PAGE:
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Greek Train Driver in Fatal Head-On Crash Told Ignore Red Light

A recording released by Greek authorities in the aftermath of a head-on train collision that killed at least 57 and left dozens missing revealed a station master telling a driver of one of the train to “pass the red signal.”

It wasn’t said if that was done to back up Prime Minister Kyriakos Mitsotakis’ assertion ahead of coming elections that it wasn’t official neglect but “human error,” pointing the finger at the unnamed station master new to the job, according to NPR.

The station master already had been arrested and charged with manslaughter by negligence prior to the recording and media reports said he first denied any wrongdoing, then admitted a mistake but said automated systems weren’t working.

The man, 59, hasn’t been identified in keeping with Greek privacy laws although some media gave his name as Vassilis Samaras, whose lawyer said that new information would be coming out in his defense.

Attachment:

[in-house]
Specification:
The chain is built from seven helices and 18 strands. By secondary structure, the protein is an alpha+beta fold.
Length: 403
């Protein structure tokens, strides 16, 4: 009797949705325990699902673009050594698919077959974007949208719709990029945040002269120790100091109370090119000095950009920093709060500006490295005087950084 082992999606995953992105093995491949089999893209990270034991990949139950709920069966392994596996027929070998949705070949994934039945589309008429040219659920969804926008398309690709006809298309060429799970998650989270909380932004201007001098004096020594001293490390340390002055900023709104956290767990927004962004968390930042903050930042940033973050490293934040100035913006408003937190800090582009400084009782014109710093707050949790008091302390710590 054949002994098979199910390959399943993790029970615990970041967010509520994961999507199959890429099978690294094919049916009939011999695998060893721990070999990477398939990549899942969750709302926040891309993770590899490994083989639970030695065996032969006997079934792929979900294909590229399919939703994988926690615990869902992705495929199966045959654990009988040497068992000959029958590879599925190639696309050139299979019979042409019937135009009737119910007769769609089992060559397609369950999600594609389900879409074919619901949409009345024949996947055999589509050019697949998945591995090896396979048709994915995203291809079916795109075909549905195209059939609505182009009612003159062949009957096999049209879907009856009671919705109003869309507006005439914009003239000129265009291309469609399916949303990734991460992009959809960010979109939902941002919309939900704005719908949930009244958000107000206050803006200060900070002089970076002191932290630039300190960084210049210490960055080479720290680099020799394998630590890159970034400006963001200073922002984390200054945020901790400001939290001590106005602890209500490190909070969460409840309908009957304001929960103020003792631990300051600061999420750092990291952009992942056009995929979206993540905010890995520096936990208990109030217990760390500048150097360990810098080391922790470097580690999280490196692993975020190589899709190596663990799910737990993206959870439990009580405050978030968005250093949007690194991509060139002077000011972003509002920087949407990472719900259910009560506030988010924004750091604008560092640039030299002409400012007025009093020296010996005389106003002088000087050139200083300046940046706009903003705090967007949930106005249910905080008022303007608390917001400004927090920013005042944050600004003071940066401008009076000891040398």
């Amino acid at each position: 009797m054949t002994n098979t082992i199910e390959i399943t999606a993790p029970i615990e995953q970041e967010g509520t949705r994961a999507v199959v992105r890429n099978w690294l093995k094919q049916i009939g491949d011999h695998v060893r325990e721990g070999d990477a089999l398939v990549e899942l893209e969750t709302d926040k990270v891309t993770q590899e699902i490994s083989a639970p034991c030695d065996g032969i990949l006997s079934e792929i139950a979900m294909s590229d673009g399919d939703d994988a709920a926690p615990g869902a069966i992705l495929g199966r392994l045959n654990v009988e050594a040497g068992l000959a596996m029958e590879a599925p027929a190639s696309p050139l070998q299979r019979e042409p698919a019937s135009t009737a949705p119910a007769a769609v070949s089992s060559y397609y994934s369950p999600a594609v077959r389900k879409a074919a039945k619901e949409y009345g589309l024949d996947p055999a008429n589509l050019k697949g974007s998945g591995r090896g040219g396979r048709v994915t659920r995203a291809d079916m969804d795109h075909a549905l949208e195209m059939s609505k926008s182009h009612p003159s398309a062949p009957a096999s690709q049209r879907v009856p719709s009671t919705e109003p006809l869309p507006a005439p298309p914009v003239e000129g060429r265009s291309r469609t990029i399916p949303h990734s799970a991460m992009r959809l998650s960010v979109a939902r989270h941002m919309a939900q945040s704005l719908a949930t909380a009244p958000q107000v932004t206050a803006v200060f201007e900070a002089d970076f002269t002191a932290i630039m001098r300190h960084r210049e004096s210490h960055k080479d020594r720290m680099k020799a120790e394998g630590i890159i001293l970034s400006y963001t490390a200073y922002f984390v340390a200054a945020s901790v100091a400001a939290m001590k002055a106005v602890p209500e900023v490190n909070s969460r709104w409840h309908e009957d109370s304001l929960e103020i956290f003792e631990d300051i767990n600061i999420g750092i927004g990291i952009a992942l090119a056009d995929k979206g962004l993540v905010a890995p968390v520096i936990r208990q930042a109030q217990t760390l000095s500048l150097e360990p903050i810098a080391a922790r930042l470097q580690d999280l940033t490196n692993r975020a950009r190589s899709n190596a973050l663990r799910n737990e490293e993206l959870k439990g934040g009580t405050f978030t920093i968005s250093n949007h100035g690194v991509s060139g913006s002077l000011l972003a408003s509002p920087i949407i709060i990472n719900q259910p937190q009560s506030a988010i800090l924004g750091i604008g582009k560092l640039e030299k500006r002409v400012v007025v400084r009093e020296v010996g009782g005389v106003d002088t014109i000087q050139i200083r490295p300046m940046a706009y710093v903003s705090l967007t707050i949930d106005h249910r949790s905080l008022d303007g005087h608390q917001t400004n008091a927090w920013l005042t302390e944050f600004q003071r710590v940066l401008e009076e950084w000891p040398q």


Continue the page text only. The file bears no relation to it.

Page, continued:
But investigators found evidence that he failed to switch the rail line before a passenger train and a freight train wound up heading toward each other on the same tracks, the reports added, said the United State’s National Public Radio.

Many of the passengers were students returning from Carnival, a festival preceding the religious season of Lent, according to the Associated Press and state broadcaster ERT said the freight train was carrying heavy cargo including steel plates.

The trains collided head-on at a combined speed of of 100 mph (161 kilometers per hour) as the passenger train was exiting a tunnel under a highway in the municipality of Tempe or it would have happened inside, a worse disaster.

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